"This also was the negotiating position of the last Israeli government under Ehud Olmert in 2008, but it was rejected by Prime Minister Netanyahu in his meeting with President Obama in May 2011.

"The prime minister reportedly has also prepared some sticks in case the UNGA resolution goes forward. These include a freeze on tax revenues that Israel collects for the PA; the announcement of hundreds of new housing units in West Bank settlements; and approval of sections of the Levy report that recommended legalizing and easing restrictions on construction of outposts in the West Bank.

"One of the reasons that Israel has sent its chief negotiator, Isaac Molho, to the U.S. may well be to seek assurance that there will not be undue adverse U.S. reaction to Israel’s retaliation measures.

"This suggests that the U.S. still has some influence over the unfolding of events in the next few days.

"Let us all watch and pray for an outcome that takes us a step closer to real peace and better lives for all people in the region."
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Wednesday, November 14, 2012

Pray with Sabeel to calm the senseless storm of violence

Every Thursday the community at Sabeel joins together in prayer and fellowship. Sabeel is the ecumenical liberation theology center in Jerusalem. To join in the prayers, subscribe to the weekly memo with prayer concerns at this address: Friends of Sabeel--North America, PO Box 9186, Portland, Oregon  97207;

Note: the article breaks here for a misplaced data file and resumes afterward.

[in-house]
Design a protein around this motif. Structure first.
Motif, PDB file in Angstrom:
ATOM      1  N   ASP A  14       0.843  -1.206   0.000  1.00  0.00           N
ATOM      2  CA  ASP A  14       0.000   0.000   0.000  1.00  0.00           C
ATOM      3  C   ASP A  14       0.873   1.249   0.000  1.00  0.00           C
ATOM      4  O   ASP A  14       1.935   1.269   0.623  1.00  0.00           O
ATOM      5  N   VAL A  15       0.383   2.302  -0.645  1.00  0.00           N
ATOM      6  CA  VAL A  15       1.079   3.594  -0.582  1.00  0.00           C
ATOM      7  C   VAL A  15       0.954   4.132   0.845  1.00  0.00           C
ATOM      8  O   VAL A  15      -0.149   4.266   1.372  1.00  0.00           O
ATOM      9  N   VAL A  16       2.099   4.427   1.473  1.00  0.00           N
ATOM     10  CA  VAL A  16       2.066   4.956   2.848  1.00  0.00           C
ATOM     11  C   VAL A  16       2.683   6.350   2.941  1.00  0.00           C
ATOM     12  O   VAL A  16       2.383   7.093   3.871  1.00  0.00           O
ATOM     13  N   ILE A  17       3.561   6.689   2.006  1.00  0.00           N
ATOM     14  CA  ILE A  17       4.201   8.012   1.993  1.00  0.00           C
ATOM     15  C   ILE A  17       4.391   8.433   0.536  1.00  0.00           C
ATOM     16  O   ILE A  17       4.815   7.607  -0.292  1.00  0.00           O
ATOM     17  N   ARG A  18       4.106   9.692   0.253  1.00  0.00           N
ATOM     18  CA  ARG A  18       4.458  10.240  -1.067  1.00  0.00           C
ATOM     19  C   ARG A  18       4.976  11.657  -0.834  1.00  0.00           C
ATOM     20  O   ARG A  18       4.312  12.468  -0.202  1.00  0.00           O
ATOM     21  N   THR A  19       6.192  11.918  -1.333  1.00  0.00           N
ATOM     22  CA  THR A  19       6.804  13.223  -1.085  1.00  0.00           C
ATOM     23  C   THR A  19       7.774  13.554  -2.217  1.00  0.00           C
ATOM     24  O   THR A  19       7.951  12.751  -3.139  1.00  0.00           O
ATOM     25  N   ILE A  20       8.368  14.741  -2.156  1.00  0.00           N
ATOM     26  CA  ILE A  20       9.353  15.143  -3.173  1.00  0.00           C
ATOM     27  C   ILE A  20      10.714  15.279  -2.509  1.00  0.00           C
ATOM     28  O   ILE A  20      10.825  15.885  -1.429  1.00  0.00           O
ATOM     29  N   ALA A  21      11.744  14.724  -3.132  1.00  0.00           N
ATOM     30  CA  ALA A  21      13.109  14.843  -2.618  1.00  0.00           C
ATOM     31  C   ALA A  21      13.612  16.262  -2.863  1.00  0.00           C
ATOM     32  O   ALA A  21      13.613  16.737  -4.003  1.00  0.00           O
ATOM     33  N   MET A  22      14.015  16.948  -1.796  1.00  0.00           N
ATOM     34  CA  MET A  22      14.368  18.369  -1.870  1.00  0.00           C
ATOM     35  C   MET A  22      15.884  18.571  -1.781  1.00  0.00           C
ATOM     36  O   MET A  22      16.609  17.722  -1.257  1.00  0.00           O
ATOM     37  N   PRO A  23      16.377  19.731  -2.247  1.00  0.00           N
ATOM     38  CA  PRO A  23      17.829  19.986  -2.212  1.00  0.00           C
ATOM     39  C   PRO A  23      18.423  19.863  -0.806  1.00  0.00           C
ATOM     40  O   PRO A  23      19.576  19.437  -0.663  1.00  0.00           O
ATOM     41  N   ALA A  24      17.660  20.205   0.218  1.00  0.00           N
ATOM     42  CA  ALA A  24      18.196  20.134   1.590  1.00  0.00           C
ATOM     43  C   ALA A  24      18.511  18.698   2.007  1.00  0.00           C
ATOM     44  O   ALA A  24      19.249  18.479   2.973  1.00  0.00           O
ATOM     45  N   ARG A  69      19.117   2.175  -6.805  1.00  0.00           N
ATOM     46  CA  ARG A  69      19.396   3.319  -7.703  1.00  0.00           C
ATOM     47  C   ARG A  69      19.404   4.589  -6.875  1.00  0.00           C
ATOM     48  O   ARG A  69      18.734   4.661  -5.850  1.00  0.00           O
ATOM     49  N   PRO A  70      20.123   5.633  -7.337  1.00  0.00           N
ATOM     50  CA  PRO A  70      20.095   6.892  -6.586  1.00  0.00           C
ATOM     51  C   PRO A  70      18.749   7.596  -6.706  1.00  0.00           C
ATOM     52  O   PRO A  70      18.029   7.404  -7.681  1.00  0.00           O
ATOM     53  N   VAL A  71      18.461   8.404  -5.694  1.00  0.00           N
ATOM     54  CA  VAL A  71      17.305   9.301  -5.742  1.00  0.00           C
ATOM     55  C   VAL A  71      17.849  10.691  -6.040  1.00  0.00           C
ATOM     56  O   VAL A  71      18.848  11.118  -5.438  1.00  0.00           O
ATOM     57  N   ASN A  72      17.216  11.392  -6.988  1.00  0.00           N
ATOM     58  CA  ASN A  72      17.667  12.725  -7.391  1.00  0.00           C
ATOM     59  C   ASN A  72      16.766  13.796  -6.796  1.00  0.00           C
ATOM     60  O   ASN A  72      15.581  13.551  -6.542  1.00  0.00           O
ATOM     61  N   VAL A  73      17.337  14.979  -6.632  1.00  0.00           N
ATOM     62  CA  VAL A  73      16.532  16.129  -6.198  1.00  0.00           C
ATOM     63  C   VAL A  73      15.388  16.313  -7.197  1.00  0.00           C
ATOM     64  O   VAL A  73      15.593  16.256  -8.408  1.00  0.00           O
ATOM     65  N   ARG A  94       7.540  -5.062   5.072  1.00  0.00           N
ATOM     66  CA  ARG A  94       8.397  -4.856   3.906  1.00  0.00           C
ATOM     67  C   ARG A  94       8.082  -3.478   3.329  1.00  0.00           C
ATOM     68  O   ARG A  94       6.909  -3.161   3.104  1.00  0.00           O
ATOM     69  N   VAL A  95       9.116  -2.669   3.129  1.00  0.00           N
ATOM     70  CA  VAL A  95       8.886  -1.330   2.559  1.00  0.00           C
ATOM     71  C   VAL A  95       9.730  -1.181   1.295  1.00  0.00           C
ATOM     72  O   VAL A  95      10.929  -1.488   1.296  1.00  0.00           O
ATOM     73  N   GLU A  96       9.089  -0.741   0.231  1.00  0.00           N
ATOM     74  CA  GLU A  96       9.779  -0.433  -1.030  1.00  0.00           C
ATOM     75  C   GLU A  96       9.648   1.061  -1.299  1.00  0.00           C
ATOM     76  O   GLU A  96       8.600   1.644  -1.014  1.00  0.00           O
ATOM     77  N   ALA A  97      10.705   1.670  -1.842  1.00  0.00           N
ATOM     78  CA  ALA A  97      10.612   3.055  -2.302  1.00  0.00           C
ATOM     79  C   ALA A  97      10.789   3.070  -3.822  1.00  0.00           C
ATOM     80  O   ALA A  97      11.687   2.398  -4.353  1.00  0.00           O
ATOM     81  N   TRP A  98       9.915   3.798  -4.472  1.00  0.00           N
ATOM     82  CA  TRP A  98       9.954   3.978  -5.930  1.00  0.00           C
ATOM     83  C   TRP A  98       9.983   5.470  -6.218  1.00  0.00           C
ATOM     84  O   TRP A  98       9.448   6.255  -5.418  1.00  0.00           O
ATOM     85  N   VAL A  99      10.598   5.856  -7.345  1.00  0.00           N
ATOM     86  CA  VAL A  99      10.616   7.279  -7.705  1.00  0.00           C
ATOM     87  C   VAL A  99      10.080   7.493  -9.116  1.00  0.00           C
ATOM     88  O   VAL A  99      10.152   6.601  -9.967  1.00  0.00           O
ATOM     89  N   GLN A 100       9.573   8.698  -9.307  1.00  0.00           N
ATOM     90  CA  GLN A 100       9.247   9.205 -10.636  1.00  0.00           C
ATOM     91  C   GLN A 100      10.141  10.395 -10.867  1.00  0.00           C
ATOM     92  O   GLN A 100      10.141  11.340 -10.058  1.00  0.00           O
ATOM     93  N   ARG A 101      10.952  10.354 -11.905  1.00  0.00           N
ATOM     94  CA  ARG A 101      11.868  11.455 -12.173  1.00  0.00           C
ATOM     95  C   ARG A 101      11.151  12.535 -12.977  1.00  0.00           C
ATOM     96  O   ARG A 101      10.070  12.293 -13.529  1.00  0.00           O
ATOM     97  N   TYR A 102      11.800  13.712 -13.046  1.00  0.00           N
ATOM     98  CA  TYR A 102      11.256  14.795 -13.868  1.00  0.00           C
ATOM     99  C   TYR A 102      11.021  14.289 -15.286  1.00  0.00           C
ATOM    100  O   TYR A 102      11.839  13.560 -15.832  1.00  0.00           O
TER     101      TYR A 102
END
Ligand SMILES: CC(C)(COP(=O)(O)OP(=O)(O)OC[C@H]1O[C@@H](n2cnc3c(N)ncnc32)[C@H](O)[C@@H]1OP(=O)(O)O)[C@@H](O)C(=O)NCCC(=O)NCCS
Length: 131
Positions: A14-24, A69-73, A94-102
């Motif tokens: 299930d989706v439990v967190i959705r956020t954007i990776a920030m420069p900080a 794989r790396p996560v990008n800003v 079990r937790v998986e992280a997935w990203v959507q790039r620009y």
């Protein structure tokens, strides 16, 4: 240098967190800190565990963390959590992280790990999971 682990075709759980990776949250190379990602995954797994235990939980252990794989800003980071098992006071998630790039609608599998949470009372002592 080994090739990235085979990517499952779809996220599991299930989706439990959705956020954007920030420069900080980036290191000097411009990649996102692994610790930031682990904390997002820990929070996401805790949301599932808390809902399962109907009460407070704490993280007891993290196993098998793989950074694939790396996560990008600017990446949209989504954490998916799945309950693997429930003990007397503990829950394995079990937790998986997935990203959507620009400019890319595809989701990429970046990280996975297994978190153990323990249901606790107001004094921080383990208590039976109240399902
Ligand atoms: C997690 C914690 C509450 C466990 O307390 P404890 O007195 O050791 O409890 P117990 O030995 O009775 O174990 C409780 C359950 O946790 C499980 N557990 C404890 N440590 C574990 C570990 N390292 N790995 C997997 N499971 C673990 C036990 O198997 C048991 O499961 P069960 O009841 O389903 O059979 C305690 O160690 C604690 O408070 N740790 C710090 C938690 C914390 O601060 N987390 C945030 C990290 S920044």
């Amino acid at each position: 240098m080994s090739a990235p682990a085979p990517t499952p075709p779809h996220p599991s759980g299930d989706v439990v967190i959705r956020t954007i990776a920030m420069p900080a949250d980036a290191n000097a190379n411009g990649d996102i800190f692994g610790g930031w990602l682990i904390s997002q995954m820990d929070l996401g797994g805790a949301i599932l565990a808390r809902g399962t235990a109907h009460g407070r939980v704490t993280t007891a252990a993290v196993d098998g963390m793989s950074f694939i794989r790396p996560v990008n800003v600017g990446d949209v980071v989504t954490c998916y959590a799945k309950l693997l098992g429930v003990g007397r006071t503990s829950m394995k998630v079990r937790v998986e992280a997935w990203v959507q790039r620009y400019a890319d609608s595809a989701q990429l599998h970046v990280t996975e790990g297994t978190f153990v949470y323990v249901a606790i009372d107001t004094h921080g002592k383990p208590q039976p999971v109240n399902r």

This week's prayers address the new escalation in Gaza, the suffering and violence there, and the harm that the building of settlements brings to the work toward peace. Please join us in prayer at 12:00 noon in your time zone, or whenever you are in your time of prayer and meditation.

Sabeel Wave of Prayer

Wave of Prayer for Thursday, November 15, 2012     
Sovereign God of justice and peace, our hearts are broken once again by this week's escalation of violence in Gaza. Please bring about a just peace between the two sides. Lord, we mourn everyone killed in the attacks, especially lamenting the loss of several children. We cry out that the lives of these people, are not dispensable, but are valuable beyond measure. We beg you, God, to calm the senseless storm of violence, and move politicians to make real and diligent progress toward peace. Lord, in your mercy...
As we mourn events in Gaza, we also pray for general movement toward peace with regard to every aspect of the conflict. Lord, would you work in the hearts and minds of Israeli politicians and impress upon them the irrevocable harm which illegal settlement-building causes to the work towards peace. May they recognize the need to stop all such building. Lord may we all remember that our lives are bound up together as members of one shared humanity, and may we never seek only our own interests, but also those of our neighbors and of the whole world. Lord, in your mercy....